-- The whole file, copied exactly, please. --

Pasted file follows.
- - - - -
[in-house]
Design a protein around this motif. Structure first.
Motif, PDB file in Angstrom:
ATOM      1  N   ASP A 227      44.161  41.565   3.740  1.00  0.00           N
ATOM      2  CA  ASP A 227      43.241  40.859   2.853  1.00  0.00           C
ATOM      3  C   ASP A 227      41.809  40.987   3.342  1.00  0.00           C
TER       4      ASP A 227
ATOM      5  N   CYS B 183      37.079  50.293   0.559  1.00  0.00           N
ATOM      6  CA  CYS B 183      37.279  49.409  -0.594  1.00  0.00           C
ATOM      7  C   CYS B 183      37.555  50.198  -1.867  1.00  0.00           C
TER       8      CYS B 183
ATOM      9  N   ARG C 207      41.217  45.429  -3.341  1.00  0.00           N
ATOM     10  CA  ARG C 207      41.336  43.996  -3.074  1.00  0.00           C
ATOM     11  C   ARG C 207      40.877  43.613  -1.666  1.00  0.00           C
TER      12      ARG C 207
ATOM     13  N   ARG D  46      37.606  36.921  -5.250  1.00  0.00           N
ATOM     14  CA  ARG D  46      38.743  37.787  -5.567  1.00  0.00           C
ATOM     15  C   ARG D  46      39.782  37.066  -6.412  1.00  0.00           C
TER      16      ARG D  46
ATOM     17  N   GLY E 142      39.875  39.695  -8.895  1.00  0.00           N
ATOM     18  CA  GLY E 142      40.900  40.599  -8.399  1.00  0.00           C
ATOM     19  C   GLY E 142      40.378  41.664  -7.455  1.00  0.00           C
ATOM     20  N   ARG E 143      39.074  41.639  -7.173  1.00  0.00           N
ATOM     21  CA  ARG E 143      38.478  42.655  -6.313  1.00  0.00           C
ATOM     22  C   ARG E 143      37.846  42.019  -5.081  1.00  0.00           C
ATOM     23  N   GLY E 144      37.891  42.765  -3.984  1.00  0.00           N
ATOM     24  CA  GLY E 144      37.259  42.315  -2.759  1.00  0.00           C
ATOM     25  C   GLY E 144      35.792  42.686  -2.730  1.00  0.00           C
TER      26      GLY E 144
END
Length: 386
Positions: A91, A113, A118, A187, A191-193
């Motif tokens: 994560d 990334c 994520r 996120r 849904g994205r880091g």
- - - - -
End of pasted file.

[in-house]
Design a protein around this motif. Structure first.
Motif, PDB file in Angstrom:
ATOM      1  N   ASP A 227      44.161  41.565   3.740  1.00  0.00           N
ATOM      2  CA  ASP A 227      43.241  40.859   2.853  1.00  0.00           C
ATOM      3  C   ASP A 227      41.809  40.987   3.342  1.00  0.00           C
TER       4      ASP A 227
ATOM      5  N   CYS B 183      37.079  50.293   0.559  1.00  0.00           N
ATOM      6  CA  CYS B 183      37.279  49.409  -0.594  1.00  0.00           C
ATOM      7  C   CYS B 183      37.555  50.198  -1.867  1.00  0.00           C
TER       8      CYS B 183
ATOM      9  N   ARG C 207      41.217  45.429  -3.341  1.00  0.00           N
ATOM     10  CA  ARG C 207      41.336  43.996  -3.074  1.00  0.00           C
ATOM     11  C   ARG C 207      40.877  43.613  -1.666  1.00  0.00           C
TER      12      ARG C 207
ATOM     13  N   ARG D  46      37.606  36.921  -5.250  1.00  0.00           N
ATOM     14  CA  ARG D  46      38.743  37.787  -5.567  1.00  0.00           C
ATOM     15  C   ARG D  46      39.782  37.066  -6.412  1.00  0.00           C
TER      16      ARG D  46
ATOM     17  N   GLY E 142      39.875  39.695  -8.895  1.00  0.00           N
ATOM     18  CA  GLY E 142      40.900  40.599  -8.399  1.00  0.00           C
ATOM     19  C   GLY E 142      40.378  41.664  -7.455  1.00  0.00           C
ATOM     20  N   ARG E 143      39.074  41.639  -7.173  1.00  0.00           N
ATOM     21  CA  ARG E 143      38.478  42.655  -6.313  1.00  0.00           C
ATOM     22  C   ARG E 143      37.846  42.019  -5.081  1.00  0.00           C
ATOM     23  N   GLY E 144      37.891  42.765  -3.984  1.00  0.00           N
ATOM     24  CA  GLY E 144      37.259  42.315  -2.759  1.00  0.00           C
ATOM     25  C   GLY E 144      35.792  42.686  -2.730  1.00  0.00           C
TER      26      GLY E 144
END
Length: 386
Positions: A91, A113, A118, A187, A191-193
């Motif tokens: 994560d 990334c 994520r 996120r 849904g994205r880091g």